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Flashback: Top Videos of 2015

Filed in DOL By on December 29, 2015

In case you missed them (or are eager to watch them again), our top videos from the past year are about ensuring fair wages, including equal pay for equal work; protecting hard-earned retirement savings; and providing data that can help students, job seekers and others make informed career decisions. Here are five of our most popular:

White Board Explainer: Your Retirement Protections
Ideally, your retirement adviser will have your best interest at heart – but that’s not always the case.

 

White Board Explainer: What is Overtime?
The rules that establish which workers are exempt from overtime pay haven’t kept up with the cost of living.

 

Equal Pay for Equal Work
In the run up to Equal Pay Day, we shone a light on the fact that women still earn significantly less than men annually — with the help of a certain caped crusader.

 

Raise the Tipped Minimum Wage
Did you know that the federal minimum wage for tipped workers has been the same since 1991?

 

Fastest Growing Occupations 2014-24
New data from our Bureau of Labor Statistics show which occupations are growing the fastest and which are adding the most new jobs.

 

Check out our favorite moments and top 10 blog posts for the best of 2015 at the Labor Department. And to keep up with us in the New Year, be sure follow us on Twitter, Instagram and Facebook!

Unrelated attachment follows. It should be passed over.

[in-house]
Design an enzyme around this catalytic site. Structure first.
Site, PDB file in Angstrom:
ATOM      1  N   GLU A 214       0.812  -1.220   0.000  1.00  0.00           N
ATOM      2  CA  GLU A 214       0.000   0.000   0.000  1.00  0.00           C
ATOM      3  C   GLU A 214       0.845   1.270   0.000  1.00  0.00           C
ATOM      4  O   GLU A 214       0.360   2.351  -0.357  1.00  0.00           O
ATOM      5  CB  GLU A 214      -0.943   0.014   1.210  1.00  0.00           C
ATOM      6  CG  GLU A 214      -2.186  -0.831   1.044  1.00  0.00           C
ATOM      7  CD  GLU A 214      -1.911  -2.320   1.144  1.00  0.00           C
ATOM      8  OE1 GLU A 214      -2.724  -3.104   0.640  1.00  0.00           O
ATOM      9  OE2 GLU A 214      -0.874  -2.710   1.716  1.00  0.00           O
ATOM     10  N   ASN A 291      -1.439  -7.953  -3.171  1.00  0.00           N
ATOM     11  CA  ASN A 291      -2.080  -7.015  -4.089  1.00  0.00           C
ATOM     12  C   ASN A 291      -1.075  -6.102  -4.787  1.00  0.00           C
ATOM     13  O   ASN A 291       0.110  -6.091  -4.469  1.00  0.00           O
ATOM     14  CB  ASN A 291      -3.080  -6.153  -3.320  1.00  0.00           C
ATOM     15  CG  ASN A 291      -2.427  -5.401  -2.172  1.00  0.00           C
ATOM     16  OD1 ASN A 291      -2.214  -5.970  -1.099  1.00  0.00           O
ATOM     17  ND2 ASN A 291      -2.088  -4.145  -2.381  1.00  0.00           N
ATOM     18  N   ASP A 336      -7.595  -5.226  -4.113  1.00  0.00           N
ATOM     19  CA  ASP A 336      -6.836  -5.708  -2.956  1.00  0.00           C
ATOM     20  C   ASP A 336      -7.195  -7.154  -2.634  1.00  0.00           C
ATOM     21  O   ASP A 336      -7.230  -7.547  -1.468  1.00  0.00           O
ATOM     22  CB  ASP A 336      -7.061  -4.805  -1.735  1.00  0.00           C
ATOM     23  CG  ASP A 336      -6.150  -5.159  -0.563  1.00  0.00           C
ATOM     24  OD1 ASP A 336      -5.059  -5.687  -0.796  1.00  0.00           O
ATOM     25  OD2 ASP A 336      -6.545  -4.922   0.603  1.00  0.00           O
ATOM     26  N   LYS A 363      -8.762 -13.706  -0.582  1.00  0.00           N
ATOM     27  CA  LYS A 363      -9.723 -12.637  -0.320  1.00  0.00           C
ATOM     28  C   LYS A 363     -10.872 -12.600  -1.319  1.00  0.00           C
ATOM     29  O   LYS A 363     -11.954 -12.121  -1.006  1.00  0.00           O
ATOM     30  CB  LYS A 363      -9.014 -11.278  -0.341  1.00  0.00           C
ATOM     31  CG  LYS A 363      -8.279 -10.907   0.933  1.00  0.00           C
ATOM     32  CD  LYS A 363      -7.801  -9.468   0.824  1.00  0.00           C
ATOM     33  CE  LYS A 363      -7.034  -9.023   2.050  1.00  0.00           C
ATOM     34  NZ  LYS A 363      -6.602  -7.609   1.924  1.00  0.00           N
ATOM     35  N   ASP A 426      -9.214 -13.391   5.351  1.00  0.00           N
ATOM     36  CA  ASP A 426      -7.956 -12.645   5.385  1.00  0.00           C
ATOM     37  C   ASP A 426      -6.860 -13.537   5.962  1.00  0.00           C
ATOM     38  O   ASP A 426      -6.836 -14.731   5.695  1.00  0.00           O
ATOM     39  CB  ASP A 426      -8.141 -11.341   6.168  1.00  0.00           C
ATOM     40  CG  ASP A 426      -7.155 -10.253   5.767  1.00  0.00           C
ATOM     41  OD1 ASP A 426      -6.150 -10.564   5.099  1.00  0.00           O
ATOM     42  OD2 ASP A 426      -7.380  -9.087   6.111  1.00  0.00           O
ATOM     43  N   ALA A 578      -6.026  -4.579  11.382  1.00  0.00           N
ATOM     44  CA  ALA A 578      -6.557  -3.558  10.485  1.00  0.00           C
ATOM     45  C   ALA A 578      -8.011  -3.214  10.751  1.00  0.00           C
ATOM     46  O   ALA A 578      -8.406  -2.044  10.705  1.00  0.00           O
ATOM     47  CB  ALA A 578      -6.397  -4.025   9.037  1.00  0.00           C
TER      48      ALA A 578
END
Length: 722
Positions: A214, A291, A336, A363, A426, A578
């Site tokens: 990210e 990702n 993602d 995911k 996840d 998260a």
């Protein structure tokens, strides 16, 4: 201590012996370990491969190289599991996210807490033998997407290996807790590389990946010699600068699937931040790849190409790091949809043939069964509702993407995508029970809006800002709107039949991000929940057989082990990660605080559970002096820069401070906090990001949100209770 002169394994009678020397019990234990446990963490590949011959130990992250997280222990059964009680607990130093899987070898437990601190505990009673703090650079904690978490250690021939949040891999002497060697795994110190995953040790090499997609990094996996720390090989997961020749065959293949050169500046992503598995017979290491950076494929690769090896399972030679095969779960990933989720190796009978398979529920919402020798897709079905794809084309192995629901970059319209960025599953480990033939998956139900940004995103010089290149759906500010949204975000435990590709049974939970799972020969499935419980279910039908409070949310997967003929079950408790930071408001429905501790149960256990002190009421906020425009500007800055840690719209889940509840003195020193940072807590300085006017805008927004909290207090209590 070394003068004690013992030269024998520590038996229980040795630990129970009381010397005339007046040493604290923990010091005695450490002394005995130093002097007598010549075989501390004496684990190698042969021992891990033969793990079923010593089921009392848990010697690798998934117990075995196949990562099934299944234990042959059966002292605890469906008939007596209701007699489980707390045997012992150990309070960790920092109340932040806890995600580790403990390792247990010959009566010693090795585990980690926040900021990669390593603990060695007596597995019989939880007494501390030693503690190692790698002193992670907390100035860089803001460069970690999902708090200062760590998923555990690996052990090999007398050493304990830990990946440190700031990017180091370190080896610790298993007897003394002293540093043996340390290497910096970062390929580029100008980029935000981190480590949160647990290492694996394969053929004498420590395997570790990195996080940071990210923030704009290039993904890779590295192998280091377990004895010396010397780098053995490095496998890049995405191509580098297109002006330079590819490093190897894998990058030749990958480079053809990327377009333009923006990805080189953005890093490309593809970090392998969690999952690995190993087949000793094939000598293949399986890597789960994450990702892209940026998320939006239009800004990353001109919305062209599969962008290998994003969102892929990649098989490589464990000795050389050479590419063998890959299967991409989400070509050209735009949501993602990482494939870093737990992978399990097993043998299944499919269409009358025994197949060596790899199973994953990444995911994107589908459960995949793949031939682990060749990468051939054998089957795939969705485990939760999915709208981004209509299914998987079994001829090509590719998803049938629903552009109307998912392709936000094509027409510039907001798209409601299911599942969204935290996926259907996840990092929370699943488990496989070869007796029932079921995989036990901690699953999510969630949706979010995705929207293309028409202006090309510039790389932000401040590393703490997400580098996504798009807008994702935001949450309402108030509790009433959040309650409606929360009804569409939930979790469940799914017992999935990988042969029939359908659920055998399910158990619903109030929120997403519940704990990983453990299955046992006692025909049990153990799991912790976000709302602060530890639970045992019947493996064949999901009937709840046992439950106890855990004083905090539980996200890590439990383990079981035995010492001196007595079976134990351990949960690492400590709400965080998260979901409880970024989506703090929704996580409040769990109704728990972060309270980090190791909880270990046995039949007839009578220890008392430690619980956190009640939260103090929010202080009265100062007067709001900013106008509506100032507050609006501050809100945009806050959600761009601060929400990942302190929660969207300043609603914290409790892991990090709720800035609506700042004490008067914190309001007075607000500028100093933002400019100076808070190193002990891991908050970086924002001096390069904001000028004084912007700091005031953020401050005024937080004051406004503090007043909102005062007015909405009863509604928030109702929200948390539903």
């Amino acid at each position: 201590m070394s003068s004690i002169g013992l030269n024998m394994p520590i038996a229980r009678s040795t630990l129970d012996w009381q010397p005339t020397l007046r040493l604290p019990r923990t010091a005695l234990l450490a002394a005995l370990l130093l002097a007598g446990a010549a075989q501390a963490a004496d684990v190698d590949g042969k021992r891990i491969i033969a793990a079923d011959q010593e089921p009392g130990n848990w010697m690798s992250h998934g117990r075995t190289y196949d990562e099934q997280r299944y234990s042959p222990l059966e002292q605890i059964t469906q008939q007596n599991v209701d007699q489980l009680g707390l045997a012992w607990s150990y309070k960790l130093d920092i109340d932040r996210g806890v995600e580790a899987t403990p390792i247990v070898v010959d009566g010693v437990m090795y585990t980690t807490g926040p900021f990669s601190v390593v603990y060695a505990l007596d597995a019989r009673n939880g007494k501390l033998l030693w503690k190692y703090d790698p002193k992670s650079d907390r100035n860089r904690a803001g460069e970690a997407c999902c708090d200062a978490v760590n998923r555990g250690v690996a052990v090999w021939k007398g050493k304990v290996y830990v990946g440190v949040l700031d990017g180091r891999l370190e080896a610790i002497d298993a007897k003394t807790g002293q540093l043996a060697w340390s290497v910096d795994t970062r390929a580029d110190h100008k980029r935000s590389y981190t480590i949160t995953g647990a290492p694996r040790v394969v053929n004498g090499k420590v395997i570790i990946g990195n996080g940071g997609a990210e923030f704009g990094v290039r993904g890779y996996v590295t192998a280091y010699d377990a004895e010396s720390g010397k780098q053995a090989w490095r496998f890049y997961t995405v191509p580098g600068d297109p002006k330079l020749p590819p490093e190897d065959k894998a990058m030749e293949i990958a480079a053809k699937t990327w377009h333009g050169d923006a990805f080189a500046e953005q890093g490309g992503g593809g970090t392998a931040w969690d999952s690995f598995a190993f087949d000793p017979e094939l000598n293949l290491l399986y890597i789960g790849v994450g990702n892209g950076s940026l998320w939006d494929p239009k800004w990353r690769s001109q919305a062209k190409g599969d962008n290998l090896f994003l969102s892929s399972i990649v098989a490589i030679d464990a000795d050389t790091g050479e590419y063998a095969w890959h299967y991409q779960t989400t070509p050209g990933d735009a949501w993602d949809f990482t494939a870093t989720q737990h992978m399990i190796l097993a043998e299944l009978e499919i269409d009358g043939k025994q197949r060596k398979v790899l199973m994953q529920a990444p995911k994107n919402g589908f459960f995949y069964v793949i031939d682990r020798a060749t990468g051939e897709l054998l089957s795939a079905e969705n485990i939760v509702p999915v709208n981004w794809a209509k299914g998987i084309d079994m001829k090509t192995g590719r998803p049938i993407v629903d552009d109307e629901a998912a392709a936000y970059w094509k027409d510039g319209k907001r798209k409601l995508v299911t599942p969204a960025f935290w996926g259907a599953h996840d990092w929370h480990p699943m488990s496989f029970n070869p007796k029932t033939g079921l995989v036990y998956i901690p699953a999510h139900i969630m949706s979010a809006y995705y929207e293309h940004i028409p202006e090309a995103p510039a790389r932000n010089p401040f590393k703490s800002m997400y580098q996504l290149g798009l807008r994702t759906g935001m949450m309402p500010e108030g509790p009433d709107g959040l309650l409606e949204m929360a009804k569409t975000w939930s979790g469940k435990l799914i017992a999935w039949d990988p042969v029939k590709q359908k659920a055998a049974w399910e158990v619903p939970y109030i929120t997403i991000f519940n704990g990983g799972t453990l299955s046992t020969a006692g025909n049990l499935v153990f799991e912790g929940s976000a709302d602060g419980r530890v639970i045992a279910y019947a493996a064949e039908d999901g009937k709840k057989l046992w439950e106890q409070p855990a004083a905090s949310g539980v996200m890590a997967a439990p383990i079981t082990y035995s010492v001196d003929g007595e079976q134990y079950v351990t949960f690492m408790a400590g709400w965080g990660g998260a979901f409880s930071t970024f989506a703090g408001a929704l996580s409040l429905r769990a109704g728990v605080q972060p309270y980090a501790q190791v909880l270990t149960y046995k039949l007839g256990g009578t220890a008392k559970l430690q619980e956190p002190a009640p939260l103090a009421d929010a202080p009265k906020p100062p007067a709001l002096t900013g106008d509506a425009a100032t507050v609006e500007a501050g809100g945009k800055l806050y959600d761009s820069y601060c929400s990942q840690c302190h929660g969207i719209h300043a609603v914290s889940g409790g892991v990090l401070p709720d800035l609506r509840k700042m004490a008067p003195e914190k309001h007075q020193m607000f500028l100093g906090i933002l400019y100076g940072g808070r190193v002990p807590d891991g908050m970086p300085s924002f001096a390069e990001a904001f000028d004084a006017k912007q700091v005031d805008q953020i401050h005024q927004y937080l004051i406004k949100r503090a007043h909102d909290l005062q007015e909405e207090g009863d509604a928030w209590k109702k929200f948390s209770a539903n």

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Comments (2)

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  1. Cherie Jones says:

    Has anyone commented on the Post regarding the following: Social Security Administration, Social Security Disability Income and DOL SCSEP senior training program. Why is the SCSEP training program not included as one of the SSA Employment Networks for the disabled to train on??

  2. Audrey Cheatham says:

    California Corporations can avoid paying some overtime hours to part-time employees who work less than 45 hours per week by starting work shifts 4 hours before midnight and ending after 9 hours the next day. This example shows how the employee works a straight 13 hour shift for regular wages because 4 hours is charged to the workday ending at midnight pm, and 9 hours is charged to the workday beginning 12 am to 9am, without violating the 16 hr workday. However during a regular 24 hour, 12am to midnight, workday the employee would legally be entitled to overtime wages for any hours worked over nine hours per shift. So in this example the employee gets cheated out of 4 hours of overtime wages.